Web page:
What Kind of Threat Is Hepatitis E?
When it comes to infectious diseases affecting the liver, there seems to be no shortage of possibilities. Joining the ranks of Hepatitis A, B, C and D, Hepatitis E (HEV) has been the culprit of several cases of acute hepatitis across the globe. Caused only by infection with the Hepatitis E virus, HEV has only been recognized as a distinct human disease since 1980.
Although the symptoms may be similar, the genetics of each hepatitis virus are unique, with differing modes of transmission, infection course and treatment per disease. However, most experts agree that infection with one or more types of hepatitis viruses simultaneously carries a worse prognosis. Especially when laden with chronic Hepatitis C, infection with another hepatitis virus typically leads to an increased potential for liver damage.
Similar to how Hepatitis A is contracted, HEV is transmitted via the fecal-oral route. Primarily a waterborne disease, most Hepatitis E outbreaks have been associated with consumption of contaminated water or food supplies. Drinking water contaminated with fecal matter and ingestion of raw or uncooked shellfish have been implicated in cases of HEV in endemic areas. Since the virus is shed in feces, HEV could potentially be transmitted when infected animals meet poor sanitation practices. There is no evidence that Hepatitis E is transmitted through sexual contact, from needles or blood transfusions.
Where Is Hepatitis E?
The highest rates of Hepatitis E infection occur in regions where low standards of sanitation promote the transmission of the virus. Epidemics of Hepatitis E have been reported in the following locations where fecal contamination of drinking water is common:
- Central Asia
- South-East Asia
- North Africa
- West Africa
In addition to the natives, travelers visiting the above locations are susceptible to this infection. Epidemics normally happen after water supplies are contaminated with sewage following monsoons or local flooding. Infected individuals in the United States have usually returned from travel to an area where the virus is more common. Although primarily affecting regions with poor sanitation, sporadic cases of Hepatitis E have been reported elsewhere, and serological surveys suggest a global distribution of strains of HEV.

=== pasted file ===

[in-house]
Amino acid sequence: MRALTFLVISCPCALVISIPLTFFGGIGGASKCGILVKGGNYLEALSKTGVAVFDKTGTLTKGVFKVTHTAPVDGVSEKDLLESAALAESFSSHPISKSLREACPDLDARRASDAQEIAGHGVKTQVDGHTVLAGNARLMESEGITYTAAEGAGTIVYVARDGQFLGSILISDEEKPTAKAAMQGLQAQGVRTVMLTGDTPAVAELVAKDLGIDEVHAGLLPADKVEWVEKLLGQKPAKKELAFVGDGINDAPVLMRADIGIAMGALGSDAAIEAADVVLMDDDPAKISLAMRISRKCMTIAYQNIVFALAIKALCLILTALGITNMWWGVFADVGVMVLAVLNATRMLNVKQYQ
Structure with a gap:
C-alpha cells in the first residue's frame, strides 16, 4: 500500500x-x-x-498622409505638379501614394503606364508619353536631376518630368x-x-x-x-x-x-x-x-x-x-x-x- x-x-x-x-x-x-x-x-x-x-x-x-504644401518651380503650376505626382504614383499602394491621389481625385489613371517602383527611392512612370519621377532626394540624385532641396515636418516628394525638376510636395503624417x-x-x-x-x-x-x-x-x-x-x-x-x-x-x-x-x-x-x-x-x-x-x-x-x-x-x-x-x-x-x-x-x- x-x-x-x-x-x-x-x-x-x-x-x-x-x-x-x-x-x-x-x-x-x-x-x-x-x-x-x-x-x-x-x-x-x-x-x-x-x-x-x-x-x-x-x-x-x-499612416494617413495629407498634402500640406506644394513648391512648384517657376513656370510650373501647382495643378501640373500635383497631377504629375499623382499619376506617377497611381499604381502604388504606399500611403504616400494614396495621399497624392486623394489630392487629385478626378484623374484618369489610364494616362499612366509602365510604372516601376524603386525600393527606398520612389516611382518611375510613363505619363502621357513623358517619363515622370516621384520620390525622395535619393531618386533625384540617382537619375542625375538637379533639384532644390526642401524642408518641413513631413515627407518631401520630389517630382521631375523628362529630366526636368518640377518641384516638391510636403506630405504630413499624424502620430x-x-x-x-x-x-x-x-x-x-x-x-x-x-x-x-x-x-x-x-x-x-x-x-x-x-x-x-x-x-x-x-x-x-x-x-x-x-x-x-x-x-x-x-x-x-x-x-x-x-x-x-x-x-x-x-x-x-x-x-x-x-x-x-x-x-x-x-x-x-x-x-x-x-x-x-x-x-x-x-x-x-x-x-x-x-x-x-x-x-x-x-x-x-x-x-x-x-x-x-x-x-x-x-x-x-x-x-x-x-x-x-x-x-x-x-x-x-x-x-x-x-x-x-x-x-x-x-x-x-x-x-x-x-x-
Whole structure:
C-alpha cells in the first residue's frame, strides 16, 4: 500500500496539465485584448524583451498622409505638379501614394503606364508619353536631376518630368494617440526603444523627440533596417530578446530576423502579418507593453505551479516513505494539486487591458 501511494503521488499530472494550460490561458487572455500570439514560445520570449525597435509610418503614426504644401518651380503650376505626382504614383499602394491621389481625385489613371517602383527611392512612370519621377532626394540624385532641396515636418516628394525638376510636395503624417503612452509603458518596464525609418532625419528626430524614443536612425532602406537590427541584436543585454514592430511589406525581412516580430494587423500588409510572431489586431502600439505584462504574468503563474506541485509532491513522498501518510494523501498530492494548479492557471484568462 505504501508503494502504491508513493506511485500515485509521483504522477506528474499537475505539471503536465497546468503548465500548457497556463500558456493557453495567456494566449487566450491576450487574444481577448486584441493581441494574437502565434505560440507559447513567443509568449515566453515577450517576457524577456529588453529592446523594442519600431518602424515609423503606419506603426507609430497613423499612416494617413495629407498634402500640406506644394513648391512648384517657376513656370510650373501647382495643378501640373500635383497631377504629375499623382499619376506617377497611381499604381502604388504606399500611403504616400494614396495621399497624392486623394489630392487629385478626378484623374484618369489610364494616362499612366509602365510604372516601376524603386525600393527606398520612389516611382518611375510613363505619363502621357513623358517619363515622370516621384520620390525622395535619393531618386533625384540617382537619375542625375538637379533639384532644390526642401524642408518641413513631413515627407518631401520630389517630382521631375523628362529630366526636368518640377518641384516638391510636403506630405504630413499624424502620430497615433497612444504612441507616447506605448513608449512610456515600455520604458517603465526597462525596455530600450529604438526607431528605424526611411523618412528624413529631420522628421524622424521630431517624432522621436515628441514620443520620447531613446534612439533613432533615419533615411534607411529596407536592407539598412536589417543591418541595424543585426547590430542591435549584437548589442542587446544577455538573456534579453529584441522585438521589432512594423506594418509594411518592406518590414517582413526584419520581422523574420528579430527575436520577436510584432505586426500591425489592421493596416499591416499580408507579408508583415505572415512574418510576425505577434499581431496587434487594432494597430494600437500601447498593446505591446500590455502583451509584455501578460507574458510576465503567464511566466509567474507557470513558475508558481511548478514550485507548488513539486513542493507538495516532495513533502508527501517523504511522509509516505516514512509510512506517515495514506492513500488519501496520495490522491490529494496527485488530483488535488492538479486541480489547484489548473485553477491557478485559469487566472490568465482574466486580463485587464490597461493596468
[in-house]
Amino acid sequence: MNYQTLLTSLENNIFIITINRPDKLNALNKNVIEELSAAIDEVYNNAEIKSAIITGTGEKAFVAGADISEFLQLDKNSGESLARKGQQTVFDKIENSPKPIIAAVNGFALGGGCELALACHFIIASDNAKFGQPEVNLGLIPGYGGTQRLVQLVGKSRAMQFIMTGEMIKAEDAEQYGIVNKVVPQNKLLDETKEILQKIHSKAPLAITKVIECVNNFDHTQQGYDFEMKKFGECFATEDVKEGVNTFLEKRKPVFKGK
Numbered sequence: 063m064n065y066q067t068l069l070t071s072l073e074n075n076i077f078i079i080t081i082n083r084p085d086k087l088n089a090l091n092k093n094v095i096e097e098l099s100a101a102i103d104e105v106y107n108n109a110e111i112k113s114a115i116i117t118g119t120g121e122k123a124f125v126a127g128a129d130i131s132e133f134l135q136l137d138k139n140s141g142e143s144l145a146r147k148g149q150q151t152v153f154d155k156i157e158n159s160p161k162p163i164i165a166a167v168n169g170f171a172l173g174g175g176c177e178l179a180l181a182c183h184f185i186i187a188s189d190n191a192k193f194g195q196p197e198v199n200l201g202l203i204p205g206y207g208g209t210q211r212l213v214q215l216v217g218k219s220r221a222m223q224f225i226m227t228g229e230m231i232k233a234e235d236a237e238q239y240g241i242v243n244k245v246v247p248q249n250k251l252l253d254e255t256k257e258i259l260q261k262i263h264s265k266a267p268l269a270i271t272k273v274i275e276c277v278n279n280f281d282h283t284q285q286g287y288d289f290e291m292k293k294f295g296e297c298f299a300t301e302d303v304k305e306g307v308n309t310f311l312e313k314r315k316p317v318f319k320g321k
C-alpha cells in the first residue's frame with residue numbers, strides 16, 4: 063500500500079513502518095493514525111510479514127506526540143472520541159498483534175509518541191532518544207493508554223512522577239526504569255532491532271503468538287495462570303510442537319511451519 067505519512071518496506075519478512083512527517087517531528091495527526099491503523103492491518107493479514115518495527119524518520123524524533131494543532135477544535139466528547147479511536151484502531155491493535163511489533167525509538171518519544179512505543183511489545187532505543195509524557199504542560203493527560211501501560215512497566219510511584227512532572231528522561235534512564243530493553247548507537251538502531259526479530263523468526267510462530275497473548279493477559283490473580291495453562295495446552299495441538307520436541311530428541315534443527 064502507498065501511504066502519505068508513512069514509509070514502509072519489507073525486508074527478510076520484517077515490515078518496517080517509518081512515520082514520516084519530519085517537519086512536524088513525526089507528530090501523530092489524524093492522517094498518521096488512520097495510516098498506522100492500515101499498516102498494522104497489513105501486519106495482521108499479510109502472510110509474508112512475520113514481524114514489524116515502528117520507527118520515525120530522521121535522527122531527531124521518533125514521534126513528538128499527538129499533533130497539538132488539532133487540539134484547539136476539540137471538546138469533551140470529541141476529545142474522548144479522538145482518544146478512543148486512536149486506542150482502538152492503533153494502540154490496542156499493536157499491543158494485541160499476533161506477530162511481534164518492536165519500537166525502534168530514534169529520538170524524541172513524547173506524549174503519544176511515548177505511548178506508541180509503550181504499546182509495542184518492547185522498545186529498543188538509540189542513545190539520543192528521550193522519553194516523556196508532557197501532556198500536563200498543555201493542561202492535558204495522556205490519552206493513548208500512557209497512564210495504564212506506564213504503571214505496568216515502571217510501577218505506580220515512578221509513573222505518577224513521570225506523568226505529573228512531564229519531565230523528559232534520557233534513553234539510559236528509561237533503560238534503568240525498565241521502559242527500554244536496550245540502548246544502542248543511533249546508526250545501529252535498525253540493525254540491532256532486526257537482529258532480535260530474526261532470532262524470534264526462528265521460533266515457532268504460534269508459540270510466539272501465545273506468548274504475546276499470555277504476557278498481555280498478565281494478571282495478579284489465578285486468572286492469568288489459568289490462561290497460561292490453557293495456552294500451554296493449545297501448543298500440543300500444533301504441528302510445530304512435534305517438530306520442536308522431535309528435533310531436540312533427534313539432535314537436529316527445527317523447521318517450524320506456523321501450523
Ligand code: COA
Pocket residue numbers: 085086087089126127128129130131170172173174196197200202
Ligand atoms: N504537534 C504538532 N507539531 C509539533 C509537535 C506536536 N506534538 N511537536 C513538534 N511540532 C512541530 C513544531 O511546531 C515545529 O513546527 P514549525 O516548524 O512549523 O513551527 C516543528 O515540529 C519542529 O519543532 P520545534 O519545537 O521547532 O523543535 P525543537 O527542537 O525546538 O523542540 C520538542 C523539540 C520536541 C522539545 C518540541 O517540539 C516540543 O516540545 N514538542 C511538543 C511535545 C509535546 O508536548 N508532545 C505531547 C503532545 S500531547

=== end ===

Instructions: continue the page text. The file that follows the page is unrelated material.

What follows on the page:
Symptoms and Disease Course
As a viral infection targeting the liver, symptoms of Hepatitis E are similar to other types of hepatitis:
- Abdominal Pain
- Loss of Appetite
- Nausea and Vomiting
- Dark Urine
In general, Hepatitis E is a self-limiting viral infection. As such, HEV is typically limited to an acute course. Although HEV infection is typically mild, one to two percent of those infected develop a sudden and severe form of liver disease known as fulminant hepatitis. Occurring more frequently in pregnancy, fulminant hepatitis is associated with a mortality rate of 20 percent among pregnant women in their third trimester.
Some additional facts about the Hepatitis E virus include:
- Once exposed to Hepatitis E, the infection takes hold within one to two months.
- Infected persons are presumed contagious for up to two weeks after symptoms appear.
- There have been no cases of chronic Hepatitis E reported.
- Symptomatic HEV infection is most common in young adults aged 15 to 40 years.